开源日报 每天推荐一个 GitHub 优质开源项目和一篇精选英文科技或编程文章原文,坚持阅读《开源日报》,保持每日学习的好习惯。
今日推荐开源项目:《天气 earth》
今日推荐英文原文:《How To Learn Any New Programming Language Quickly》
开源日报第601期:《天气 earth》
今日推荐开源项目:《天气 earth》传送门:GitHub链接
推荐理由:虽然看起来是个古物,但是这个项目可是实打实的想要将地球天气可视化的展现出来。天气这玩意几乎完全无法控制,所以看天气预报就显得十分重要,这个项目虽然不是天气预报,也只有风向的展示,但是这会是一个好的想法——毕竟可视化的天气预报虽然提供的信息有点偏观赏性而不是实用性,但是好看也是很重要的一部分,谁又能肯定积雨云里真的没有一大群像这些风线一样的透明鱼和云之龙什么的在里面生活呢?
今日推荐英文原文:《How To Learn Any New Programming Language Quickly》作者:
原文链接:https://medium.com/better-programming/how-to-learn-any-new-programming-language-quickly-94996895669b
推荐理由:编程语言来来去去有些东西是不会变的

How To Learn Any New Programming Language Quickly

An essential checklist of fundamentals

This article assumes you already know at least one programming language; however, the concepts here will help you get started with programming.

When I was in school, a teacher told me something I share with new developers: The hardest programming language you’ll ever learn will be your second.

Don’t let this be disheartening — it means that when you first learn how to program, you have all of these preconceived ideas about programming. You end up making more syntax connections and assumptions than you should. Because of this, you have to “unlearn” these assumptions when you learn your second language. Try to keep this in mind if you’re attempting to learn your second language or even your third.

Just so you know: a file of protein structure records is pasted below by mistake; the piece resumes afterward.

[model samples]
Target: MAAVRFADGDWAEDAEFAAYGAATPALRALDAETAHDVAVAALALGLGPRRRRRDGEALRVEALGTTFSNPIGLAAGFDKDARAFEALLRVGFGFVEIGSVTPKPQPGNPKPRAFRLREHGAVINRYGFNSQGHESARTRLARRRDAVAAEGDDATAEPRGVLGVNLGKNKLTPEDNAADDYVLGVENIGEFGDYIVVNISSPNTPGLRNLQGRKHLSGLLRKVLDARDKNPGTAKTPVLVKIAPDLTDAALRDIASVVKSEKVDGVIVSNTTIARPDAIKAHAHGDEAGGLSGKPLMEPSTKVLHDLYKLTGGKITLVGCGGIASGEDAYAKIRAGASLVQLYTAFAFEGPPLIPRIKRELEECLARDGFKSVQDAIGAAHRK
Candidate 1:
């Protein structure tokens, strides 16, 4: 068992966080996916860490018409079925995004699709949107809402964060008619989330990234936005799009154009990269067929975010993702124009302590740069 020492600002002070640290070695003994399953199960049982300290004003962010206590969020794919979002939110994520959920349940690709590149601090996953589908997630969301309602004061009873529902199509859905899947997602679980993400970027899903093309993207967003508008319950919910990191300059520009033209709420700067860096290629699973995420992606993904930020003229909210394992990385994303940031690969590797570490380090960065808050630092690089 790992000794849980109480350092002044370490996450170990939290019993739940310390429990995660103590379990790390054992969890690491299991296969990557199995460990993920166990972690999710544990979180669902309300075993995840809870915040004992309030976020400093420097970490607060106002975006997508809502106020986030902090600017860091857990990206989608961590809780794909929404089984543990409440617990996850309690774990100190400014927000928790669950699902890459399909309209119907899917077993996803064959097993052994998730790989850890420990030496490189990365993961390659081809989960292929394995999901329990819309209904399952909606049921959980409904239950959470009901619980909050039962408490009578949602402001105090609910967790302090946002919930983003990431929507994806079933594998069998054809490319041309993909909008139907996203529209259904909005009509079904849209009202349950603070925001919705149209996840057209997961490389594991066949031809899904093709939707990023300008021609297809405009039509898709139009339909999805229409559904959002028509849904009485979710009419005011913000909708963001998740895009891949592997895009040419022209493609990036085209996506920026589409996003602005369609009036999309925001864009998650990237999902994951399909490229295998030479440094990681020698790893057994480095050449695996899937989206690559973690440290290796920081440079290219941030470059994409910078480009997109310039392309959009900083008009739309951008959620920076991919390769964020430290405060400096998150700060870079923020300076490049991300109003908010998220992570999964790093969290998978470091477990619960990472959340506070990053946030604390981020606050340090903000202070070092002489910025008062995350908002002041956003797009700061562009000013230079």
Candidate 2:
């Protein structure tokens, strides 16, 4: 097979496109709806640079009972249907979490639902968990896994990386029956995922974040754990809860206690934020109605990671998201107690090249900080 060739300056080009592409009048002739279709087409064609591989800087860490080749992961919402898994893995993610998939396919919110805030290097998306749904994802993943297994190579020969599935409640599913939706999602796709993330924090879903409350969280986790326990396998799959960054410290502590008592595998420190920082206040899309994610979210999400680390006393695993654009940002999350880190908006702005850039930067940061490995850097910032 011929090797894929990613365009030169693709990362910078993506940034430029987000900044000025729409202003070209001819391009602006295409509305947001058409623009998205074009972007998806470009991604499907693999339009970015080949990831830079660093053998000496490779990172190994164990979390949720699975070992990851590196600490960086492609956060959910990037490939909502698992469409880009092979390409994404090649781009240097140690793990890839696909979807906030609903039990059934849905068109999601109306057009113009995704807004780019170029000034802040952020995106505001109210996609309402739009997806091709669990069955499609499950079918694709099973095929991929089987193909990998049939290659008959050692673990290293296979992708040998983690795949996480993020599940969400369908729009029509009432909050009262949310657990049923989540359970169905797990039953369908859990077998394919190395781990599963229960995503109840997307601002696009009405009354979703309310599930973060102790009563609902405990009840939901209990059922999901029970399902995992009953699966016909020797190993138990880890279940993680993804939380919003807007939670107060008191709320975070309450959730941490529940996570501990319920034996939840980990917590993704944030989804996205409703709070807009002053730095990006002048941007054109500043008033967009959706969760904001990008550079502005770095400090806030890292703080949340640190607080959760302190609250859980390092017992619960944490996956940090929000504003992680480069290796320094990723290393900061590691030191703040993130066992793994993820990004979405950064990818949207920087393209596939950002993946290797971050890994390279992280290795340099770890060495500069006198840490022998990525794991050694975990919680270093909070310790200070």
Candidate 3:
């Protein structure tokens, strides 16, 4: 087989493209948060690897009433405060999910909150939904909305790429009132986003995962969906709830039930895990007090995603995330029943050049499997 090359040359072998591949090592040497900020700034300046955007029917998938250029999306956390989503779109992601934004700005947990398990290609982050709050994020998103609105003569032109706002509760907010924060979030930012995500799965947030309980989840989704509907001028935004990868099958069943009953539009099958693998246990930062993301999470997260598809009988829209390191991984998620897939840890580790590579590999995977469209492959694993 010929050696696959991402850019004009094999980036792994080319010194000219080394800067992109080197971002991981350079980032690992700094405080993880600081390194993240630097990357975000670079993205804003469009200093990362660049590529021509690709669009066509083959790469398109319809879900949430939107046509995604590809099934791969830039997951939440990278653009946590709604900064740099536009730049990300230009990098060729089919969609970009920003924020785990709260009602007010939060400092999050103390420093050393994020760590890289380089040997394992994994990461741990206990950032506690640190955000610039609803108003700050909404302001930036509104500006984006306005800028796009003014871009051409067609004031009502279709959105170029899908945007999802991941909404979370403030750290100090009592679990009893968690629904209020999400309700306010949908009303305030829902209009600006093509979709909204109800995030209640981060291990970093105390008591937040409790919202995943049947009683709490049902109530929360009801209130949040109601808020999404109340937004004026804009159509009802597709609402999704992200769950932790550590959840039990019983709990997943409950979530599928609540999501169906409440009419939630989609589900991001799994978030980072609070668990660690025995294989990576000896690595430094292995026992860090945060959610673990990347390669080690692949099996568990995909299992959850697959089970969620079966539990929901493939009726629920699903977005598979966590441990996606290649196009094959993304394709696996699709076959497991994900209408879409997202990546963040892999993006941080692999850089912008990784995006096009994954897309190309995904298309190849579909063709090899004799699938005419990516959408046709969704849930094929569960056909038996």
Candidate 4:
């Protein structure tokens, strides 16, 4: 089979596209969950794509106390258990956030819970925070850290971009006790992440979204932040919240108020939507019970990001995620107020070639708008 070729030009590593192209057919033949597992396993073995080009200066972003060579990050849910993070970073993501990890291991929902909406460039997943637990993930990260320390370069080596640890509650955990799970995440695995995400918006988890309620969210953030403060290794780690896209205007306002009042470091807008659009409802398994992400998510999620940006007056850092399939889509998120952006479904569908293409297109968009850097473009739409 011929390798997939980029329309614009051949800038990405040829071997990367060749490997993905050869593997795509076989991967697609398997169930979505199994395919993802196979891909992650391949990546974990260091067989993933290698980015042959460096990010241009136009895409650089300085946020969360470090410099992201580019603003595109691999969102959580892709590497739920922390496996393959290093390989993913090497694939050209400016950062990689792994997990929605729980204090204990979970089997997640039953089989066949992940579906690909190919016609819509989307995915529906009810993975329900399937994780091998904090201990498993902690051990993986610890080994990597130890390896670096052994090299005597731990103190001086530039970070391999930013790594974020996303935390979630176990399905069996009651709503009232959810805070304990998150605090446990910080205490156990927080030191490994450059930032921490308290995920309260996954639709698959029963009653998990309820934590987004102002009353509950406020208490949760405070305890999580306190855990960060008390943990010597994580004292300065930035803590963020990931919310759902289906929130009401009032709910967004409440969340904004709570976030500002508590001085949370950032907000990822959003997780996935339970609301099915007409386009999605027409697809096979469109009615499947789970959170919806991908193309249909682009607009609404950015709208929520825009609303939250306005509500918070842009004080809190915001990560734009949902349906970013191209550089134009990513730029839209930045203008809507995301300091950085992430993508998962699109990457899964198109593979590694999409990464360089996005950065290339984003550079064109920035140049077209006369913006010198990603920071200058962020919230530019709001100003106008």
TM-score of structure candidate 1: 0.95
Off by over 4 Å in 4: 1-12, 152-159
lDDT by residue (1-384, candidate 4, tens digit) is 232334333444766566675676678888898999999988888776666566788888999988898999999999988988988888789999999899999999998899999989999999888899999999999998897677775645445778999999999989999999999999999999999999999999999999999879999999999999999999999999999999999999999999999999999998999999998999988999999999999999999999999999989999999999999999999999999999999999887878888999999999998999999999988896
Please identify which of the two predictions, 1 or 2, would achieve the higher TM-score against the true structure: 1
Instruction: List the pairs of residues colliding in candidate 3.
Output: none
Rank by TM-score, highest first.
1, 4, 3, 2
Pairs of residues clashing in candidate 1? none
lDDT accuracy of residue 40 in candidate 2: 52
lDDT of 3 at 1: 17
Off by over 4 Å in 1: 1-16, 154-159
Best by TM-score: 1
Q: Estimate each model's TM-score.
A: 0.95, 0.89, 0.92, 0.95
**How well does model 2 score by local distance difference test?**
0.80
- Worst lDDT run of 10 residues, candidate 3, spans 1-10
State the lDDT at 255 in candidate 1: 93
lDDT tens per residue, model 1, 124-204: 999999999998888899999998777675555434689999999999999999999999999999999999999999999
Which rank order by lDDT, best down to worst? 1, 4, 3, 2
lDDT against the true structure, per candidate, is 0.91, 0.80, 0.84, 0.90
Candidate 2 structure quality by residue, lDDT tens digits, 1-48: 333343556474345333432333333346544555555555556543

Anatomy of Programming

There are a lot of programming languages, easily over 5,000, but the TIOBE index lists the top 250. All of the top 20 languages that aren’t unique cases will have similar standard libraries.

I think the best way to think about programming is to strip out all of the extra “stuff” so you’re left with only the necessities.

The Atoms

Every aspect of every language can be reduced down to true and false. Why? Because electricity works this way — you either have a charge, or you don’t. Memory stores values in the form of 0s and 1s, and either this bit is charged, or it’s not.

Eight bits is equivalent to one byte, which is enough to list any character on the ASCII table. The bits are flipped in such an order that it provides the DECimal representation of the character. The computer understands how to translate this representation into a letter.
开源日报第601期:《天气 earth》